I've since made a million versions of this chili taking cues from their combination of ingredients but I'd like to think that I'm improved on their recipe. The key to the versions I make at home is the textures. By adding a few of the ingredients towards the end you get a better finished dish. In my chili, I add fresh green beans and corn at the end. Another more recent change I've made is to use Mexican oregano. Mexican oregano is mintier than Italian oregano and different from Greek oregano, which is more resinous. It works so well with the chile powder it's worth getting a hold of. However, the batch of oregano I have has lots of woody stems that don't soften when cooked. So I crumble the oregano and rub it through a sieve before adding it to the pot. I do this to only the amount I need and just before using because the flavor stores better in larger pieces. For another version of my chili with a similar method see last year's Kitchen Cleanout Chili, but here is the variation that reminds me of those first months dating.
Mexican oregano (from right: as purchased, sifted, stems removed by sifting)
My Vegetable Chili
Inspired by the chili at the Sourdough Cafe Pontiac, Michigan circa 1995-96.
Makes ~6 generous portions
1 large onion, diced
1 stalk of celery, diced
1 red bell pepper, diced
1 yellow bell pepper, diced
1 green bell pepper, diced
4 cloves of garlic, finely chopped
1 tablespoon neutral oil
1 1/2 teaspoons kosher salt
3 tablespoons chile powder (not the kind with other ingredients, I like ancho)
1 1/2 teaspoons ground cumin
1 teaspoon hot smoked paprika (Pimenton de la Vera)
1 teaspoon Mexican oregano *see tip in text above
cayenne pepper to taste, optional
1 (28 oz) can of whole tomatoes
1 (15 oz) can of whole black beans, drained and rinsed
1 (15 oz) can of garbanzo beans/chickpeas, drained and rinsed
1 (15oz) can of kidney beans, drained and rinsed
4 cups water
1/4 cup polenta or grits
2 cups chopped fresh green beans
2 cups frozen sweet corn kernels
-In a large soup pot, cook the onion, celery, peppers and garlic with the oil and salt over medium heat. Stir often and make sure you cook these ingredients down until they are very soft and stop giving off liquid. This should take at least 10-15 minutes.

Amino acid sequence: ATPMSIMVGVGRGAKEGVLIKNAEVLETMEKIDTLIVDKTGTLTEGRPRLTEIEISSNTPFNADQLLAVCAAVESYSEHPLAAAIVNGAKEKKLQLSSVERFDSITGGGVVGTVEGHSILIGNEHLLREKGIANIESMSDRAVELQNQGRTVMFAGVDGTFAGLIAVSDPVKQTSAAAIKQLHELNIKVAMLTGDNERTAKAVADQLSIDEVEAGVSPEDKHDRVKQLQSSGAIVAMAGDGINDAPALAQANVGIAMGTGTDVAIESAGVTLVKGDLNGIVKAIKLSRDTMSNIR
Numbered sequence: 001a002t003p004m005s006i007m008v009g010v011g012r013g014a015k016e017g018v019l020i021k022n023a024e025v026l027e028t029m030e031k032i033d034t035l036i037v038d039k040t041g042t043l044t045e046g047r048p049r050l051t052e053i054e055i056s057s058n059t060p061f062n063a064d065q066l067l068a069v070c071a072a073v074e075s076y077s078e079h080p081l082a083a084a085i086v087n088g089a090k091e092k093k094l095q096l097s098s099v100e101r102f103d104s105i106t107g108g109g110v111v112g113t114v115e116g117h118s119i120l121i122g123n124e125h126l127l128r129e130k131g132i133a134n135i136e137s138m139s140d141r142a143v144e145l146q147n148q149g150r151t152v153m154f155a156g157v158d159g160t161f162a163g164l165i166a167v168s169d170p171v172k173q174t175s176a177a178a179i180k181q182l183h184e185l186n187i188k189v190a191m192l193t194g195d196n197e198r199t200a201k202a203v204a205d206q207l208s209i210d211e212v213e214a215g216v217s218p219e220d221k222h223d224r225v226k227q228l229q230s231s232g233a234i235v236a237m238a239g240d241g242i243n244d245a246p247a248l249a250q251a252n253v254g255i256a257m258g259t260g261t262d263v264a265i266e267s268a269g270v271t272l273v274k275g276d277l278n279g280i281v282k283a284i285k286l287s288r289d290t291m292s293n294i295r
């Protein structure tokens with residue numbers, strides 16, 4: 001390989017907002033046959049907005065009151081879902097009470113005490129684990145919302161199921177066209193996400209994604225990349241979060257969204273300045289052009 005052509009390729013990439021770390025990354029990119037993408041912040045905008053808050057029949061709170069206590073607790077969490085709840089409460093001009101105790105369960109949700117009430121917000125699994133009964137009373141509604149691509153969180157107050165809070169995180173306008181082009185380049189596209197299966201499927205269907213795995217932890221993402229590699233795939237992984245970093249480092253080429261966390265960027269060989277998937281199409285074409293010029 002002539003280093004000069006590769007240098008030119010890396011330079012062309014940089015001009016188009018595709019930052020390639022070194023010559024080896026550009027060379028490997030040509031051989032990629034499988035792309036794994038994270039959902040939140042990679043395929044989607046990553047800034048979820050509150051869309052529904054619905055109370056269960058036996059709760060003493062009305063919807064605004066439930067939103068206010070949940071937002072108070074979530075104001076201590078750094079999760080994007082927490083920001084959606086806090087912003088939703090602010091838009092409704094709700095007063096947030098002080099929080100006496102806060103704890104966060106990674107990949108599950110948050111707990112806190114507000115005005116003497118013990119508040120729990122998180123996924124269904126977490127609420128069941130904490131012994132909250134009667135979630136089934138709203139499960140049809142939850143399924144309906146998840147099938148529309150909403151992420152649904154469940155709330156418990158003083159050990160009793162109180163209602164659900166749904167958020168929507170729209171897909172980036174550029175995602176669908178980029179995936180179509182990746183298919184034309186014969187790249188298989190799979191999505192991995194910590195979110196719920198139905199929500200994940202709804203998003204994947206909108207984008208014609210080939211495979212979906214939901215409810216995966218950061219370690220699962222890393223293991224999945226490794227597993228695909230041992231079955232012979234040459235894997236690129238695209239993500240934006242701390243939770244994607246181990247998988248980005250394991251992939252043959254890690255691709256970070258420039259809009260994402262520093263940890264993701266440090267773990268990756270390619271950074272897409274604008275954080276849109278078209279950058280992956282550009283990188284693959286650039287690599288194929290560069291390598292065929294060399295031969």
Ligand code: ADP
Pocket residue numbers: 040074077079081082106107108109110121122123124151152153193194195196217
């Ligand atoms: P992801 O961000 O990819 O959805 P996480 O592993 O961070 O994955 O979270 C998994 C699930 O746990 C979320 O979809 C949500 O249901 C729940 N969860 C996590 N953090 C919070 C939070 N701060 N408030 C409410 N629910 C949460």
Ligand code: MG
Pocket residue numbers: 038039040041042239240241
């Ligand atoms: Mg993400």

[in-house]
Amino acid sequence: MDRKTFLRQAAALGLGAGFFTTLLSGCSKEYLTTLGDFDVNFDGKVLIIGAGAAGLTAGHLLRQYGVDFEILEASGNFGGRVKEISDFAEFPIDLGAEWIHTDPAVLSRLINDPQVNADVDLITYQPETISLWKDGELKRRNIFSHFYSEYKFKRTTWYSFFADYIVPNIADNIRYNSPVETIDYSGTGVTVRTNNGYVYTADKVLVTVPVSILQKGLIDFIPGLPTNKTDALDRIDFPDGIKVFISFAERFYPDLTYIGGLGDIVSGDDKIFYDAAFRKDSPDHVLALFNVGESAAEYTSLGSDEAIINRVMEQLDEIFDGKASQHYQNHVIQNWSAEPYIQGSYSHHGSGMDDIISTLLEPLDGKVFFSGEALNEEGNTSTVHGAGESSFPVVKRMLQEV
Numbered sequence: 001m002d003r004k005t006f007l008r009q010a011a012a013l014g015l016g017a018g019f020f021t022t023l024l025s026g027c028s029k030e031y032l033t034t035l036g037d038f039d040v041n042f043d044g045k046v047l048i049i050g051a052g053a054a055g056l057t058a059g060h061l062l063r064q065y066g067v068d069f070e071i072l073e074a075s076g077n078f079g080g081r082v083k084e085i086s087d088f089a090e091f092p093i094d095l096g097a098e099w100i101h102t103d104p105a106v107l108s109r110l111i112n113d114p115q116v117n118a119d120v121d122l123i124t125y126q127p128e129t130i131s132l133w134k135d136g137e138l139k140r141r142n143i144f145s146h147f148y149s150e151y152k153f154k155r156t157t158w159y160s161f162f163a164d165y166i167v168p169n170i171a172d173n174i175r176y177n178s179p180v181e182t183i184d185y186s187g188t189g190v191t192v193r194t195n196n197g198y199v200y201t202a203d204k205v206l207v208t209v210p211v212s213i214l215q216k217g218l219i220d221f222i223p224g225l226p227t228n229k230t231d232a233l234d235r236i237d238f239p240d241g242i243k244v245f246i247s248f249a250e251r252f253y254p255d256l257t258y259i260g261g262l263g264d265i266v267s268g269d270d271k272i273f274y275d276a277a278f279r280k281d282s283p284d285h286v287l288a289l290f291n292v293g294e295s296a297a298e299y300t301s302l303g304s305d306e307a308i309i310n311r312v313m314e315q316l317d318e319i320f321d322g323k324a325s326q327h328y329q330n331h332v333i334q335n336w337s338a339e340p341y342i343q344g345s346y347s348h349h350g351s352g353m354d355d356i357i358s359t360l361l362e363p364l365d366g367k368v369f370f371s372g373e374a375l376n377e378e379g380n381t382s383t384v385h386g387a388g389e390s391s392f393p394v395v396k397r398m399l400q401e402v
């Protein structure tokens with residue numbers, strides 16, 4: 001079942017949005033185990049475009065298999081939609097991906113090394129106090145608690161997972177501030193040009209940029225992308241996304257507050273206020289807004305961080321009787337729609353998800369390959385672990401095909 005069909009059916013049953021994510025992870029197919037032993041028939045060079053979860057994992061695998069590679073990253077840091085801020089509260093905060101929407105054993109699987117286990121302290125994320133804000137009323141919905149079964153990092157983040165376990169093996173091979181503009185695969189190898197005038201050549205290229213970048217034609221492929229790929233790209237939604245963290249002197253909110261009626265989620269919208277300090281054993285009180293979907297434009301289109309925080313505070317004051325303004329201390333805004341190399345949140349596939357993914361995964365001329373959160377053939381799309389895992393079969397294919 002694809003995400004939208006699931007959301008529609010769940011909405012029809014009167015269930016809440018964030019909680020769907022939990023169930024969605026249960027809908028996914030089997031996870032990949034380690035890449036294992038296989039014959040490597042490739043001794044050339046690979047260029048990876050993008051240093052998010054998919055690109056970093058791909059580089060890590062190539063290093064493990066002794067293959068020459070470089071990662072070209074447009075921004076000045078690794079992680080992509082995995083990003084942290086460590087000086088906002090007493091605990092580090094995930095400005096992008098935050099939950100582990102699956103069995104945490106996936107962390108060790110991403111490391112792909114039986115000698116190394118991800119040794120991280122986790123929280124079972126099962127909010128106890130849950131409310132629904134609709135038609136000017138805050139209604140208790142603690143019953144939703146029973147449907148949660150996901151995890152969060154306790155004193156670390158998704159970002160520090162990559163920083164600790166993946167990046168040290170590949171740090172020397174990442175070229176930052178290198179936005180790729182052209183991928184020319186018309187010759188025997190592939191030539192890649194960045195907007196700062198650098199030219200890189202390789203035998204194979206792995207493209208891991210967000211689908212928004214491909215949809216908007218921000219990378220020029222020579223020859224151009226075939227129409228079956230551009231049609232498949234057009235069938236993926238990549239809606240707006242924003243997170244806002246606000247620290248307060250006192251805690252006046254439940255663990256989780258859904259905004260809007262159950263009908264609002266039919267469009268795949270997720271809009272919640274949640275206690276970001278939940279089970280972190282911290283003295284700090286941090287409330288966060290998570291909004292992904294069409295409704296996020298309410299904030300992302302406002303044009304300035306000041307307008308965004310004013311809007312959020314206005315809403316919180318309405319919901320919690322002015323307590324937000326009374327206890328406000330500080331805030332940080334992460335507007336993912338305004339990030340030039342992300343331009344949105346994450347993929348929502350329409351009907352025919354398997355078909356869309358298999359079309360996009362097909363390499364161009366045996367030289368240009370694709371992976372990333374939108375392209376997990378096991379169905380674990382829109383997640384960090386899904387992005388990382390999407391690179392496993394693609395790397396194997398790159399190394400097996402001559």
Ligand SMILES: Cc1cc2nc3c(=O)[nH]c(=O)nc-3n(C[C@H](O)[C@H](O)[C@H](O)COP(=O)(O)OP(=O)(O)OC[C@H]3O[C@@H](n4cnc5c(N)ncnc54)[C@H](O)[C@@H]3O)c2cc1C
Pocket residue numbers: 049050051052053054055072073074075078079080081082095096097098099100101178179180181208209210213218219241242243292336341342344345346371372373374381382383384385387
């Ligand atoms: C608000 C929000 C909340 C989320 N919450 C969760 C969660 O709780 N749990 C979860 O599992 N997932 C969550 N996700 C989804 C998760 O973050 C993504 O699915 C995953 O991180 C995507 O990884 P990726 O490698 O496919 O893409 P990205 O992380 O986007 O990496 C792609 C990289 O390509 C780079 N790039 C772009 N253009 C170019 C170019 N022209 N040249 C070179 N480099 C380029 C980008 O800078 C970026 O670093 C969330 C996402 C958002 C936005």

-Leave the heat on medium and add the spices. Stir to distribute the spices.
-Lower the heat and add the tomatoes, beans and water. Use your hands to crush and tear apart the tomatoes.
-Then add the polenta while stirring, to prevent lumps. The polenta adds a corn flavor as well as thickens. Taste for salt and heat, add more smoked paprika or cayenne for more heat.
-Bring to a boil and then immediately turn down to a strong simmer. Simmer uncovered at least 45 minutes.
-Shortly before you are ready to serve add the green beans. Bring the pot back to a strong simmer and cook until the green beans are tender, approximately 10 minutes.
-Add the corn, stir, taste again for seasoning and serve. The frozen corn does not need time to cook, it should remain crunchy to add a contrasting texture.
This is my entry to Weekend Herb Blogging, a food blogging event created by Kalyn's Kitchen. The event is now run and documented by Haalo of Cook (Almost) Anything Once.
This week's guest host is Rachel from The Crispy Cook. Visit her site at the beginning of next week to see the roundup of posts.
You can also find Rachel at Book Trout (her bookstore blog) and the Cook the Books Club. I read the Cook's the Books Club first book, La Cucina, but didn't have time to make a post about it. I'm now halfway through the second book pick, The Language of Baklava, and enjoying it tremendously. The hard part will be picking something to make from it, everything sounds so delicious.